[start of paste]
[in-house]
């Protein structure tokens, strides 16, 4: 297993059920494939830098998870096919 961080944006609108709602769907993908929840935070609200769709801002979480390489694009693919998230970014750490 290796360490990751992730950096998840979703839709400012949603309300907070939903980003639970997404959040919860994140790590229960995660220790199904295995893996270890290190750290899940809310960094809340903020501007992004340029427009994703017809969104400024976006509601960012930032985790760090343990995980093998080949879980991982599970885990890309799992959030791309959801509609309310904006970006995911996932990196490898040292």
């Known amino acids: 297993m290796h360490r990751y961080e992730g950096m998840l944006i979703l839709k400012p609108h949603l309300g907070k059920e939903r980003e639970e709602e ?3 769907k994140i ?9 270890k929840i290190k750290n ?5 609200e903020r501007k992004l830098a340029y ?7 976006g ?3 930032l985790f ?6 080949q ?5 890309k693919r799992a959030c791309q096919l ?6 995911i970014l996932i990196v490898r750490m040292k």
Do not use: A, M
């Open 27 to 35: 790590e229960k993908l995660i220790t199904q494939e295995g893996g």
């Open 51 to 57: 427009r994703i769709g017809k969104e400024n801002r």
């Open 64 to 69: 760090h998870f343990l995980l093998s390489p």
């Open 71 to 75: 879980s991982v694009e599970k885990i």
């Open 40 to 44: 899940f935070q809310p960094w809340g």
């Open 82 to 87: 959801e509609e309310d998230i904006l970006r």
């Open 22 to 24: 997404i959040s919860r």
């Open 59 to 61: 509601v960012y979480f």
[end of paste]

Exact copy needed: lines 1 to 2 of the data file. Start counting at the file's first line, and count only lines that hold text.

[in-house]
């Protein structure tokens, strides 16, 4: 297993059920494939830098998870096919 961080944006609108709602769907993908929840935070609200769709801002979480390489694009693919998230970014750490 290796360490990751992730950096998840979703839709400012949603309300907070939903980003639970997404959040919860994140790590229960995660220790199904295995893996270890290190750290899940809310960094809340903020501007992004340029427009994703017809969104400024976006509601960012930032985790760090343990995980093998080949879980991982599970885990890309799992959030791309959801509609309310904006970006995911996932990196490898040292």